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Why the Canadian Dollar Is Hot

Winfried Wisniewski | Image Bank | Getty Images

Like most risk-sensitive currencies, the Canadian dollar is having a good day. And the good times are likely to last, says Camilla Sutton, chief currency strategist at Scotiabank.

The reason, she says, is the Bank of Canada.

The Canadian dollar weakened slightly in the fourth quarter of 2012, but that was largely due to investors' early uncertainty about the direction of central bank policy, Sutton says. Once it became clear that the Bank of Canada was not going all dovish, the loonie recovered - and set the stage for 2013.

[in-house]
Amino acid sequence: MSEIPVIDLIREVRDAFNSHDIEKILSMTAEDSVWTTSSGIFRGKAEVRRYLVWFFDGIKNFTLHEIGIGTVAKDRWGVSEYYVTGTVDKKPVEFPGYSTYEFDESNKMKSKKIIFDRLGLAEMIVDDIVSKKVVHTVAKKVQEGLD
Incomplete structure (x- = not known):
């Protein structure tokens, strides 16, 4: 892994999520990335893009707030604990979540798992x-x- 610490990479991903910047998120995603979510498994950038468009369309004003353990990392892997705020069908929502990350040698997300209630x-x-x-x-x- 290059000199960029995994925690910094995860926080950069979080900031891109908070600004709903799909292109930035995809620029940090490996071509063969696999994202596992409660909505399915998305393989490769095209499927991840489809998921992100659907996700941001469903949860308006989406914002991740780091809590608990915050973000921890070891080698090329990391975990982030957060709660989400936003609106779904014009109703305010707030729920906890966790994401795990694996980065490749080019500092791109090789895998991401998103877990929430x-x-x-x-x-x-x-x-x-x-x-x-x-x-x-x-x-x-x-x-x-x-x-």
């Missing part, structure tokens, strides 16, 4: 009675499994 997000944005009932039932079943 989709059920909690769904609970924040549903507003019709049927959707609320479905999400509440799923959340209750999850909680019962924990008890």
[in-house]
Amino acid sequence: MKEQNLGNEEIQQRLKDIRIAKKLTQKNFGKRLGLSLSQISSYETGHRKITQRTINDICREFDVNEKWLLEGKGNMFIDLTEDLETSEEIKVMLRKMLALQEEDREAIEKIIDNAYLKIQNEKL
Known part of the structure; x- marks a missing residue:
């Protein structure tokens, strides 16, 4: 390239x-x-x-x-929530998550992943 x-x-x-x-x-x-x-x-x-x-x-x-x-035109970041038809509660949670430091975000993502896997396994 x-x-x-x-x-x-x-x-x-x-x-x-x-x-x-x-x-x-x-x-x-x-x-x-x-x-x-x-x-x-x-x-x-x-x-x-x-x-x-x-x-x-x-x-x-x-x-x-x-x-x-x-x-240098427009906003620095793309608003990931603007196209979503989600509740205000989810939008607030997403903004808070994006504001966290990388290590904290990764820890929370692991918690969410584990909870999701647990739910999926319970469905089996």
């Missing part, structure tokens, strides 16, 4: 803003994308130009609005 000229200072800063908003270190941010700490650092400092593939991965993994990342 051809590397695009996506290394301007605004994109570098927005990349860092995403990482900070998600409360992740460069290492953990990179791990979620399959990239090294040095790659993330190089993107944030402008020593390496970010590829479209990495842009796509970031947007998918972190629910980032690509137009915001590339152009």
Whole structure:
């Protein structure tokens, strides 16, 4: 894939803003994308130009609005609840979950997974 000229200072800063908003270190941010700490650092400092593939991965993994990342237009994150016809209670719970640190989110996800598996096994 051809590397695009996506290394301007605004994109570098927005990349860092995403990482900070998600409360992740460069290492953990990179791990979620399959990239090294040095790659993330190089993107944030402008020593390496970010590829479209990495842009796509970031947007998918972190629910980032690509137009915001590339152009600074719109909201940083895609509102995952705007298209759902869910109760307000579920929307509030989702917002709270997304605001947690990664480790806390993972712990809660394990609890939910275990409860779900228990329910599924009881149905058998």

"CAD's performance in Q4 underscores our bias for strength into year end 2013, given that relative monetary policy will continue to provide support to CAD relative to the USD," Sutton wrote in a note to clients. She expects the Federal Reserve to remain extremely accommodative, which will weigh on the U.S. dollar relative to the loonie.

Then there are the fundamental factors. "While Canada's domestic outlook has dampened somewhat, the ongoing support from diversification flows underpinned by relatively strong fiscal metrics will help maintain CAD strength," Sutton says. The country's credit rating doesn't hurt either. "Canada shines on a relative basis in terms of central bank policy and sovereign risk."

Altogether, Sutton expects the U.S. dollar to finish the year at 0.9600 relative to its northern neighbor.

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